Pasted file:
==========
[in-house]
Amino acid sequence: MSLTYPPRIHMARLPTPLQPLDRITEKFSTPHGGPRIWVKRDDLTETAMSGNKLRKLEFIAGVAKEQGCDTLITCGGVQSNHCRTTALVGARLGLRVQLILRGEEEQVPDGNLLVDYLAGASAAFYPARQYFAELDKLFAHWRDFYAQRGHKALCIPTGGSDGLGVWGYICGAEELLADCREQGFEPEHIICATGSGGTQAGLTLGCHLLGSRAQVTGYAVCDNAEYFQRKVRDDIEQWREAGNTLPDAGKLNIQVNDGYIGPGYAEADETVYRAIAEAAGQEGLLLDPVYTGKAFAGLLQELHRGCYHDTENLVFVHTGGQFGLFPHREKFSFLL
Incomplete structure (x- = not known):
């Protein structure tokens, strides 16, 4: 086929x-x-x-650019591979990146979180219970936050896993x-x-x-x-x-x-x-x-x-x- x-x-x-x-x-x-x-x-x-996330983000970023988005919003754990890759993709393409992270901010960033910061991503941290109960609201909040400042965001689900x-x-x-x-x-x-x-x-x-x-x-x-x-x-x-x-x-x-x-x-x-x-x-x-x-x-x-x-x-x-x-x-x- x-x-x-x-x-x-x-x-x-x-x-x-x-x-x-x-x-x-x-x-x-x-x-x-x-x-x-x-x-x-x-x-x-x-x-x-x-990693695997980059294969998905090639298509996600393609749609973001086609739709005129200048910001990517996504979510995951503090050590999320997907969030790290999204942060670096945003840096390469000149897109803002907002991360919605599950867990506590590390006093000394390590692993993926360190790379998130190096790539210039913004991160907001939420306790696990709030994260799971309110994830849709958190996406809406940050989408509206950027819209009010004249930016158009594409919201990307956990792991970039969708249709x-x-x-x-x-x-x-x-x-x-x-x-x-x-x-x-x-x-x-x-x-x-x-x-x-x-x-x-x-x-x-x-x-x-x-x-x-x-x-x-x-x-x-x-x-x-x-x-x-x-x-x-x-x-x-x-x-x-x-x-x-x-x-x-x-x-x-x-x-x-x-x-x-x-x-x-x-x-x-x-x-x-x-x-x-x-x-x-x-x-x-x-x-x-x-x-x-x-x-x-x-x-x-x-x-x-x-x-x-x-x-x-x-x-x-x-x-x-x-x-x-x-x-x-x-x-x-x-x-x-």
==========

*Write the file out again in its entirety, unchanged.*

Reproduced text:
[in-house]
Amino acid sequence: MSLTYPPRIHMARLPTPLQPLDRITEKFSTPHGGPRIWVKRDDLTETAMSGNKLRKLEFIAGVAKEQGCDTLITCGGVQSNHCRTTALVGARLGLRVQLILRGEEEQVPDGNLLVDYLAGASAAFYPARQYFAELDKLFAHWRDFYAQRGHKALCIPTGGSDGLGVWGYICGAEELLADCREQGFEPEHIICATGSGGTQAGLTLGCHLLGSRAQVTGYAVCDNAEYFQRKVRDDIEQWREAGNTLPDAGKLNIQVNDGYIGPGYAEADETVYRAIAEAAGQEGLLLDPVYTGKAFAGLLQELHRGCYHDTENLVFVHTGGQFGLFPHREKFSFLL
Incomplete structure (x- = not known):
């Protein structure tokens, strides 16, 4: 086929x-x-x-650019591979990146979180219970936050896993x-x-x-x-x-x-x-x-x-x- x-x-x-x-x-x-x-x-x-996330983000970023988005919003754990890759993709393409992270901010960033910061991503941290109960609201909040400042965001689900x-x-x-x-x-x-x-x-x-x-x-x-x-x-x-x-x-x-x-x-x-x-x-x-x-x-x-x-x-x-x-x-x- x-x-x-x-x-x-x-x-x-x-x-x-x-x-x-x-x-x-x-x-x-x-x-x-x-x-x-x-x-x-x-x-x-x-x-x-x-990693695997980059294969998905090639298509996600393609749609973001086609739709005129200048910001990517996504979510995951503090050590999320997907969030790290999204942060670096945003840096390469000149897109803002907002991360919605599950867990506590590390006093000394390590692993993926360190790379998130190096790539210039913004991160907001939420306790696990709030994260799971309110994830849709958190996406809406940050989408509206950027819209009010004249930016158009594409919201990307956990792991970039969708249709x-x-x-x-x-x-x-x-x-x-x-x-x-x-x-x-x-x-x-x-x-x-x-x-x-x-x-x-x-x-x-x-x-x-x-x-x-x-x-x-x-x-x-x-x-x-x-x-x-x-x-x-x-x-x-x-x-x-x-x-x-x-x-x-x-x-x-x-x-x-x-x-x-x-x-x-x-x-x-x-x-x-x-x-x-x-x-x-x-x-x-x-x-x-x-x-x-x-x-x-x-x-x-x-x-x-x-x-x-x-x-x-x-x-x-x-x-x-x-x-x-x-x-x-x-x-x-x-x-x-």